Osteoprotegerin and breast cancer risk by hormone receptor subtype: a nested case-control study in the EPIC cohort.

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Title: Osteoprotegerin and breast cancer risk by hormone receptor subtype: a nested case-control study in the EPIC cohort.
Authors: Fortner, RT
Sarink, D
Schock, H
Johnson, T
Tjonneland, A
Olsen, A
Overvad, K
Affret, A
His, M
Boutron-Ruault, M
Boeing, H
Trichopoulou, A
Naska, A
Orfanos, P
Palli, D
Sieri, S
Mattiello, A
Tumino, R
Ricceri, F
Bueno-de-Mequita, H
Peeters, PHM
Van Gils, CH
Weiderpass, E
Lund, E
Ramon Quiros, J
Agudo, A
Sanchez, M
Chirlaque, M
Ardanaz, E
Dorronsoro, M
Key, T
Khaw, K
Rinaldi, S
Dossus, L
Gunter, M
Merritt, MA
Riboli, E
Kaaks, R
Item Type: Journal Article
Abstract: Background Circulating osteoprotegerin (OPG), a member of the receptor activator of nuclear factor kappa-B (RANK) axis, may influence breast cancer risk via its role as the decoy receptor for both the RANK ligand (RANKL) and tumor necrosis factor-related apoptosis-inducing ligand (TRAIL). Circulating OPG and breast cancer risk has been examined in only one prior study. Methods A case-control study was nested in the European Prospective Investigation into Cancer and Nutrition (EPIC) cohort. A total of 2008 incident invasive breast cancer cases (estrogen receptor (ER)+, n = 1622; ER–, n = 386), matched 1:1 to controls, were included in the analysis. Women were predominantly postmenopausal at blood collection (77%); postmenopausal women included users and non-users of postmenopausal hormone therapy (HT). Serum OPG was quantified with an electrochemiluminescence assay. Relative risks (RRs) and 95% confidence intervals (CIs) were calculated using conditional logistic regression. Results The associations between OPG and ER+ and ER– breast cancer differed significantly. Higher concentrations of OPG were associated with increased risk of ER– breast cancer (top vs. bottom tertile RR = 1.93 [95% CI 1.24–3.02]; p trend = 0.03). We observed a suggestive inverse association for ER+ disease overall and among women premenopausal at blood collection. Results for ER– disease did not differ by menopausal status at blood collection (p het = 0.97), and we observed no heterogeneity by HT use at blood collection (p het ≥ 0.43) or age at breast cancer diagnosis (p het ≥ 0.30). Conclusions This study provides the first prospective data on OPG and breast cancer risk by hormone receptor subtype. High circulating OPG may represent a novel risk factor for ER– breast cancer.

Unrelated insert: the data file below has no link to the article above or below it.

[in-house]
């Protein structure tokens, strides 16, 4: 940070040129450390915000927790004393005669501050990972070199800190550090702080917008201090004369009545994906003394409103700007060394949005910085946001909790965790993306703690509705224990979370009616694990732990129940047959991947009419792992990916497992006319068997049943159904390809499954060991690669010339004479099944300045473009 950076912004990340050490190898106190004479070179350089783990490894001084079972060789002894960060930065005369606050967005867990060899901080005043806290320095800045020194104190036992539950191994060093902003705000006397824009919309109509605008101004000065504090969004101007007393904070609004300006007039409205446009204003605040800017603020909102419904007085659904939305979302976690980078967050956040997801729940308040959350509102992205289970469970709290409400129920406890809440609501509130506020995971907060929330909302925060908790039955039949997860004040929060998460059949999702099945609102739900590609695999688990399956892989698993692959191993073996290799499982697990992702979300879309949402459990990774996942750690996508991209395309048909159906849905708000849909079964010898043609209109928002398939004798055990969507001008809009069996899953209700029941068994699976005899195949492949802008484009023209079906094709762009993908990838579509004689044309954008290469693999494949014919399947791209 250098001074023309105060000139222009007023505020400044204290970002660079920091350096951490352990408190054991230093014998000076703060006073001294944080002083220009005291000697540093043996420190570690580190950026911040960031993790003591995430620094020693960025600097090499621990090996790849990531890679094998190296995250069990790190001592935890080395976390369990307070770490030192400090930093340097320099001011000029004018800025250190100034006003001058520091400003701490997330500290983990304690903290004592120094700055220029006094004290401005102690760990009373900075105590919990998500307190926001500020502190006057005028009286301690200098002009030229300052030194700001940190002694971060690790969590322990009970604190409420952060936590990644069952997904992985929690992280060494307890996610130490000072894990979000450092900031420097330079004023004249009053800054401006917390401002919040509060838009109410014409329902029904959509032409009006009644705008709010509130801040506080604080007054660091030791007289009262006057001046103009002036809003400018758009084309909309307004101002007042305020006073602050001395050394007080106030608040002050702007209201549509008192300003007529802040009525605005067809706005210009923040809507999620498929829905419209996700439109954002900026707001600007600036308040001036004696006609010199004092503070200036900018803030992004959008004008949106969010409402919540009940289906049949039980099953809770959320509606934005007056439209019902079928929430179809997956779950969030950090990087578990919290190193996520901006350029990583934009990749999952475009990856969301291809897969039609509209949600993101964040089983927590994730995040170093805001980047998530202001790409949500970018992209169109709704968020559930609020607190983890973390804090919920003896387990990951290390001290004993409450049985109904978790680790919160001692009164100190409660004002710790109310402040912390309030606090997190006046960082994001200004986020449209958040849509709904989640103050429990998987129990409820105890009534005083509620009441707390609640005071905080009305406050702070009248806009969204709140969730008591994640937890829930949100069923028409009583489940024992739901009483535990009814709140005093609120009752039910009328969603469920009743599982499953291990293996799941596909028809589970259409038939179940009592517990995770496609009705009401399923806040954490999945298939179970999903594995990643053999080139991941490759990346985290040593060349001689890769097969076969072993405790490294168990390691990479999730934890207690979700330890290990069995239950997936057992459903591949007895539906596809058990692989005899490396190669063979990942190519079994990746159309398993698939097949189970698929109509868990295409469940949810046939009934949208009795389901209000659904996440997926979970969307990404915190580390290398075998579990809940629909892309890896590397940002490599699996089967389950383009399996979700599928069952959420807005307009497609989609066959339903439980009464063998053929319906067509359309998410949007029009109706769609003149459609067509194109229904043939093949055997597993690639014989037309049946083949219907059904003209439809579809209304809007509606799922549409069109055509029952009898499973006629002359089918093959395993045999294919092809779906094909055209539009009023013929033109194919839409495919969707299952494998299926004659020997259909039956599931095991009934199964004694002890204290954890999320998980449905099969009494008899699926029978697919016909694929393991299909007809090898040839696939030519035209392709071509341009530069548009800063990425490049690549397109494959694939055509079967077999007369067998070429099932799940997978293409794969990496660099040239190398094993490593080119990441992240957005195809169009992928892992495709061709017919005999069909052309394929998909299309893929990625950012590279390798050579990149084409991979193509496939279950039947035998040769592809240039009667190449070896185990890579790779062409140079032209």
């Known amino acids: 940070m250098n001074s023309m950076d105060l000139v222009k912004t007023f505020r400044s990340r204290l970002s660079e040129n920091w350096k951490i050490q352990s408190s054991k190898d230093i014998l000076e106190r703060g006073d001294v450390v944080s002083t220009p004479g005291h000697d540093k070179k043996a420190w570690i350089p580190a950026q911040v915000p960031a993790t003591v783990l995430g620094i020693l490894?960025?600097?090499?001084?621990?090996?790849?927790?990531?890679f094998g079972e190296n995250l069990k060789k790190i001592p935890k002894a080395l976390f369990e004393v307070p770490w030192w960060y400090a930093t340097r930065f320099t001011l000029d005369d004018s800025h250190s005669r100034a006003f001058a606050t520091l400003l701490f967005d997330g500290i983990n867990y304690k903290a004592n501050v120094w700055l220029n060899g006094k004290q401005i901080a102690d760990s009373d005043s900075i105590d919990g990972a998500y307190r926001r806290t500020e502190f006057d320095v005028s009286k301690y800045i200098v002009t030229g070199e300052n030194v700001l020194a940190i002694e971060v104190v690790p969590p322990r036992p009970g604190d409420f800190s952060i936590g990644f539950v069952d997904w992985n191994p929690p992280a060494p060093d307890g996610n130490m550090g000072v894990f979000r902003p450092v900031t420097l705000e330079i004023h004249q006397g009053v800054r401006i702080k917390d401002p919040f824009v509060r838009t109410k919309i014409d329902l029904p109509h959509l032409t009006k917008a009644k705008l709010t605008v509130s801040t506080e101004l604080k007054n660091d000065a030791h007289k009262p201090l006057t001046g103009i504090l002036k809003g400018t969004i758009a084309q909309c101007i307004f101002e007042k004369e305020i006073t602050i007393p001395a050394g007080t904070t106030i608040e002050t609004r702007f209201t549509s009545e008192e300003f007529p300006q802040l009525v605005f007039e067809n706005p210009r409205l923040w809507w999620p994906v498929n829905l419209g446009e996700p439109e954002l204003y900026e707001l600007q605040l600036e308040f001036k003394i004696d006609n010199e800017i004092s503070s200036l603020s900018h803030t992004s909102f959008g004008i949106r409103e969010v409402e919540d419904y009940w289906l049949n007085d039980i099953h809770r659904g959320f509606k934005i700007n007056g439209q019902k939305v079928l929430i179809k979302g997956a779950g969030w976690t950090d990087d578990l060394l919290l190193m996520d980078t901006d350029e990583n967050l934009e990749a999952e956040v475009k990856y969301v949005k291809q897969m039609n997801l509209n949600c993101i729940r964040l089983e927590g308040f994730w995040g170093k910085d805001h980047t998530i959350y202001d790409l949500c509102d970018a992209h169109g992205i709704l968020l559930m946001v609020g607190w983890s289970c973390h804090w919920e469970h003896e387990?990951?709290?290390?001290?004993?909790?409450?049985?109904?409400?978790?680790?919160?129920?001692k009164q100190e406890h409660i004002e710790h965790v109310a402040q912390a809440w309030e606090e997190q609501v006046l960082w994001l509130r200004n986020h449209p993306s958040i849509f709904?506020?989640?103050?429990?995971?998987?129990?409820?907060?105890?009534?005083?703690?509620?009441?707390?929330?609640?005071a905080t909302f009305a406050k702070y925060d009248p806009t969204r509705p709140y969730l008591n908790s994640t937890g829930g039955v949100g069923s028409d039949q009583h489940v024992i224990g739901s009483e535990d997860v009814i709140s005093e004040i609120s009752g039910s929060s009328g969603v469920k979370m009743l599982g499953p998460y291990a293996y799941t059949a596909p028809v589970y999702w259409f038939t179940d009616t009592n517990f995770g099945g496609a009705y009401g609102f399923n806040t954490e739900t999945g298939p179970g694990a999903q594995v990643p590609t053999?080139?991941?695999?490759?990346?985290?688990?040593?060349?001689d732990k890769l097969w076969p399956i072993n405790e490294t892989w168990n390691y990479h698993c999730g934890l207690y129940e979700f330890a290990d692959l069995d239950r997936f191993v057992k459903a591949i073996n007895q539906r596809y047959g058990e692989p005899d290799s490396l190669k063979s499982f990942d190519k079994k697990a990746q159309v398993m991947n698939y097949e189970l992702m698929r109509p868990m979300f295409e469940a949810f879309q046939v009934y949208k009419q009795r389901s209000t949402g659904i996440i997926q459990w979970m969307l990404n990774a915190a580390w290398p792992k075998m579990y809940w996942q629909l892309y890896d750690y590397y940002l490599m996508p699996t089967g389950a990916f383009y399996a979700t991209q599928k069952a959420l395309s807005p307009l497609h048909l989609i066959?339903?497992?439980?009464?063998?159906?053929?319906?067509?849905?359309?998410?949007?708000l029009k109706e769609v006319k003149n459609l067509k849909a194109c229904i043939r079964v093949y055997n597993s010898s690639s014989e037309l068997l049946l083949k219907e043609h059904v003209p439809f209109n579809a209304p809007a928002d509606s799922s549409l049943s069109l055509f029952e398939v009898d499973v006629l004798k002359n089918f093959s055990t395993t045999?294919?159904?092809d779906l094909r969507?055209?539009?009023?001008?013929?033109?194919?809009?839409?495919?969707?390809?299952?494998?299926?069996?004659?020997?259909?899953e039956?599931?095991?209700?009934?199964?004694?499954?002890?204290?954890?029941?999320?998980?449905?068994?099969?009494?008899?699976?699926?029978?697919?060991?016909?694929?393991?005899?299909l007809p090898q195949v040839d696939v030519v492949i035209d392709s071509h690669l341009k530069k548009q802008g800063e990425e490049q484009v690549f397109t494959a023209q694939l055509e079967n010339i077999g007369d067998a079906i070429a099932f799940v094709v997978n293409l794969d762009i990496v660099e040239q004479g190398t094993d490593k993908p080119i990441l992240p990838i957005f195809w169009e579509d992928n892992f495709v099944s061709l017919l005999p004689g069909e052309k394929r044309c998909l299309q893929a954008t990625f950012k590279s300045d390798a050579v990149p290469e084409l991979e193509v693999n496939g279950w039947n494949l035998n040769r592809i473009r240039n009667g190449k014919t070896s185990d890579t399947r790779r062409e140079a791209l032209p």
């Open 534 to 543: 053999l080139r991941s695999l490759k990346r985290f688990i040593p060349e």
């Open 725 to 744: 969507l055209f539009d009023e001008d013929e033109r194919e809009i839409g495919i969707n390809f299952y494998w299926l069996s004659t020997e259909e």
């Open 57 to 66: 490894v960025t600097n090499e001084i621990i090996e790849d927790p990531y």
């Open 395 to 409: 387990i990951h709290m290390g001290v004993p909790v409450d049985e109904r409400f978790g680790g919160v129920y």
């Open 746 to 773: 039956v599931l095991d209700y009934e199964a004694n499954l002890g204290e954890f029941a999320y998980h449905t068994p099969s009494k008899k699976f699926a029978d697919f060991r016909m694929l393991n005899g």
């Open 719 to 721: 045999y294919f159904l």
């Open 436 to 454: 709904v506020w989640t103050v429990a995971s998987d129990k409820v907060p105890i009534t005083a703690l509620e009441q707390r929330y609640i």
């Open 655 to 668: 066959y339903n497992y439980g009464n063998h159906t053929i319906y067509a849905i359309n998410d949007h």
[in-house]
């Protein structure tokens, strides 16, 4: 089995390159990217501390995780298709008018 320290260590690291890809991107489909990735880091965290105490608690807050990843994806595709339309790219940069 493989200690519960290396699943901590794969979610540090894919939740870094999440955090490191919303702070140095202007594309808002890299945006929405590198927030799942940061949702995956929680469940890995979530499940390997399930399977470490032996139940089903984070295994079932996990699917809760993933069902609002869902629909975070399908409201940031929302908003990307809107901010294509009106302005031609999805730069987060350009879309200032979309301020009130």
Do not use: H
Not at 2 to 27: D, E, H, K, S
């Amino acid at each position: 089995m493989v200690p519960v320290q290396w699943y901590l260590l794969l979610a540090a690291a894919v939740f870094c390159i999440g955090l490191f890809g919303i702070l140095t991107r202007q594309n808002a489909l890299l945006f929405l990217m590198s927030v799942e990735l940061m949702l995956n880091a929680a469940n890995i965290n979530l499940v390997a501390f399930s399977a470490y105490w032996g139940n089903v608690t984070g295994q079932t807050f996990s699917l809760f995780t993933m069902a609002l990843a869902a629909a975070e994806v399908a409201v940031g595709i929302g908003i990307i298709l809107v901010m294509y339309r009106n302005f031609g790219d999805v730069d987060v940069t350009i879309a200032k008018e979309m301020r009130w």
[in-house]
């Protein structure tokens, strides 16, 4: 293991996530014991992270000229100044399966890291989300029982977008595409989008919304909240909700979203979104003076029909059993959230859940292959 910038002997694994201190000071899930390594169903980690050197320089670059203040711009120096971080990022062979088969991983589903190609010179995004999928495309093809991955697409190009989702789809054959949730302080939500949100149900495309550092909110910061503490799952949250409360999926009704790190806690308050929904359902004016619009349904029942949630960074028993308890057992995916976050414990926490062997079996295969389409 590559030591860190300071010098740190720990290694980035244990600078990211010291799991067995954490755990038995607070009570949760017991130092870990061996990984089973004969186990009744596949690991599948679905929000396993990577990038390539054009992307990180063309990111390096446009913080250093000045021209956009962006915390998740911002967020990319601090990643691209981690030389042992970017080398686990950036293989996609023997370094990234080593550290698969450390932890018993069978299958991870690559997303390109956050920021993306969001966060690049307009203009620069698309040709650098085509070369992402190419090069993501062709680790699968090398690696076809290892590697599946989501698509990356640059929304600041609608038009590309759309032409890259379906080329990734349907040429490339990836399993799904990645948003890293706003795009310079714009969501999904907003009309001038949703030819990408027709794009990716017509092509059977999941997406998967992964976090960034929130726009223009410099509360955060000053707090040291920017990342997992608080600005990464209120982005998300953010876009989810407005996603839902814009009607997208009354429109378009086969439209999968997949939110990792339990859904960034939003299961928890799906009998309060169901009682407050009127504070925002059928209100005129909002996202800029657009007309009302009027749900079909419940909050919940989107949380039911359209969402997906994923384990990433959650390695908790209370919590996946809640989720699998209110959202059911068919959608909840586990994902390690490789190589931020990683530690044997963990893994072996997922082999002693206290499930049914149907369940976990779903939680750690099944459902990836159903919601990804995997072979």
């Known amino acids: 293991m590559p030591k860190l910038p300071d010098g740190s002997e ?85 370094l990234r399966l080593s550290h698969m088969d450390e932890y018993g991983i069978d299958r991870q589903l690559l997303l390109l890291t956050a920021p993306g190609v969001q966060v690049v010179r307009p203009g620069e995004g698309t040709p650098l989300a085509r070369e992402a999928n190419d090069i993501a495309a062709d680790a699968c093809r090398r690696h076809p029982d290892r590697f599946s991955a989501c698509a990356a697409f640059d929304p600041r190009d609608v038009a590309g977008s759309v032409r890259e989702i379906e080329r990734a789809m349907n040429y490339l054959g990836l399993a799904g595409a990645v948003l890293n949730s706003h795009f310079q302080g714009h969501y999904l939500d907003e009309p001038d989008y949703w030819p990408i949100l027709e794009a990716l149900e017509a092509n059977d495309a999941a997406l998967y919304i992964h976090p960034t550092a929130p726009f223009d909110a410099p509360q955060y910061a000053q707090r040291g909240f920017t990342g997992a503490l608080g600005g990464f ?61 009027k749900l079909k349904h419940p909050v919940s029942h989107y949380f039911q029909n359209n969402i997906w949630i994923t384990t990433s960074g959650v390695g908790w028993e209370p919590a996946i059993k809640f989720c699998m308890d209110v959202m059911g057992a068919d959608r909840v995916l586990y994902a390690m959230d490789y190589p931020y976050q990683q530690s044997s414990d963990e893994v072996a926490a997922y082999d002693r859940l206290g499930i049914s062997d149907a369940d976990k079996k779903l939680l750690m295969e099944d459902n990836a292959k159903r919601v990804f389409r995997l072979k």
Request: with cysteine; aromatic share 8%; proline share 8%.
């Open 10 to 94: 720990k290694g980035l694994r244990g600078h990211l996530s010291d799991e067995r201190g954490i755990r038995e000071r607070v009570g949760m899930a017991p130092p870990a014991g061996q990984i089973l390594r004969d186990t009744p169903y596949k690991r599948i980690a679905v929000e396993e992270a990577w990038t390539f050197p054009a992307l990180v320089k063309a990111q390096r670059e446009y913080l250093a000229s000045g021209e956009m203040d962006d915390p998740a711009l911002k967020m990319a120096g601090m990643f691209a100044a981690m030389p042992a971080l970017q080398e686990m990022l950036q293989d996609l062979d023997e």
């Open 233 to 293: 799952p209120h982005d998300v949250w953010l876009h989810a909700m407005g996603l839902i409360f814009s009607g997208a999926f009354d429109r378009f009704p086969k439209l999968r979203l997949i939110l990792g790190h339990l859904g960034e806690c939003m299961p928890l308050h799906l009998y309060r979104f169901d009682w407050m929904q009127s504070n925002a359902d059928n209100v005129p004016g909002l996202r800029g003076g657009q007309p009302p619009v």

Issue Date: 8-Feb-2017
Date of Acceptance: 10-Jan-2017
URI: http://hdl.handle.net/10044/1/44512
DOI: https://dx.doi.org/10.1186/s12916-017-0786-8
ISSN: 1741-7015
Publisher: BioMed Central
Journal / Book Title: BMC Medicine
Volume: 15
Copyright Statement: © The Author(s). 2017.Open Access This article is distributed under the terms of the Creative Commons Attribution 4.0 International License (http://creativecommons.org/licenses/by/4.0/), which permits unrestricted use, distribution, and reproduction in any medium, provided you give appropriate credit to the original author(s) and the source, provide a link to the Creative Commons license, and indicate if changes were made. The Creative Commons Public Domain Dedication waiver (http://creativecommons.org/publicdomain/zero/1.0/) applies to the data made available in this article, unless otherwise stated
Sponsor/Funder: University Medical Center Utrecht
Imperial College Trust
Funder's Grant Number: N/A
Keywords: Breast cancer
Estrogen receptor
Hormone receptor
Progesterone receptor
RANK axis
General & Internal Medicine
11 Medical And Health Sciences
Publication Status: Published
Article Number: 26
Appears in Collections:Faculty of Medicine
Epidemiology, Public Health and Primary Care

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